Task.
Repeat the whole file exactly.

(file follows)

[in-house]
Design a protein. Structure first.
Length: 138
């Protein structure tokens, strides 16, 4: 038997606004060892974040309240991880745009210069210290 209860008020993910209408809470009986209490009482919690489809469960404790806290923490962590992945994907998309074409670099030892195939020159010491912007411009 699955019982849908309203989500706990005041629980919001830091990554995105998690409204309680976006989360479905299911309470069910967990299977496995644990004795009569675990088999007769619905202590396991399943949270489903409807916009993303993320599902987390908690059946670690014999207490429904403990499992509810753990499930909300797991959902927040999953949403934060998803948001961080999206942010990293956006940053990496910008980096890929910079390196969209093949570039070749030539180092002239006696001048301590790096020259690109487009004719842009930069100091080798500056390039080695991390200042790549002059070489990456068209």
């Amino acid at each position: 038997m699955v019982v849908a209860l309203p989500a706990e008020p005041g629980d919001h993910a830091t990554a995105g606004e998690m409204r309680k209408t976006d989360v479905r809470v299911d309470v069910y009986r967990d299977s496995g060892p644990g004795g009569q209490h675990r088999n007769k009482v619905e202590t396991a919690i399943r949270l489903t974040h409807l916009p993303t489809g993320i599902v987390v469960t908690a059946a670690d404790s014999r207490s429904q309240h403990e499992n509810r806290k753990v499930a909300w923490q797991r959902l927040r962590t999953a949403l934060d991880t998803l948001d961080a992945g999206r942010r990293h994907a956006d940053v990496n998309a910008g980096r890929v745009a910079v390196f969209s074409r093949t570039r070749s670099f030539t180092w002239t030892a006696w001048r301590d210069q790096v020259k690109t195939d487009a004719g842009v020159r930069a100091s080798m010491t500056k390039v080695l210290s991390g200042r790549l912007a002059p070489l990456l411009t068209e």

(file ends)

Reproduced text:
[in-house]
Design a protein. Structure first.
Length: 138
């Protein structure tokens, strides 16, 4: 038997606004060892974040309240991880745009210069210290 209860008020993910209408809470009986209490009482919690489809469960404790806290923490962590992945994907998309074409670099030892195939020159010491912007411009 699955019982849908309203989500706990005041629980919001830091990554995105998690409204309680976006989360479905299911309470069910967990299977496995644990004795009569675990088999007769619905202590396991399943949270489903409807916009993303993320599902987390908690059946670690014999207490429904403990499992509810753990499930909300797991959902927040999953949403934060998803948001961080999206942010990293956006940053990496910008980096890929910079390196969209093949570039070749030539180092002239006696001048301590790096020259690109487009004719842009930069100091080798500056390039080695991390200042790549002059070489990456068209």
């Amino acid at each position: 038997m699955v019982v849908a209860l309203p989500a706990e008020p005041g629980d919001h993910a830091t990554a995105g606004e998690m409204r309680k209408t976006d989360v479905r809470v299911d309470v069910y009986r967990d299977s496995g060892p644990g004795g009569q209490h675990r088999n007769k009482v619905e202590t396991a919690i399943r949270l489903t974040h409807l916009p993303t489809g993320i599902v987390v469960t908690a059946a670690d404790s014999r207490s429904q309240h403990e499992n509810r806290k753990v499930a909300w923490q797991r959902l927040r962590t999953a949403l934060d991880t998803l948001d961080a992945g999206r942010r990293h994907a956006d940053v990496n998309a910008g980096r890929v745009a910079v390196f969209s074409r093949t570039r070749s670099f030539t180092w002239t030892a006696w001048r301590d210069q790096v020259k690109t195939d487009a004719g842009v020159r930069a100091s080798m010491t500056k390039v080695l210290s991390g200042r790549l912007a002059p070489l990456l411009t068209e």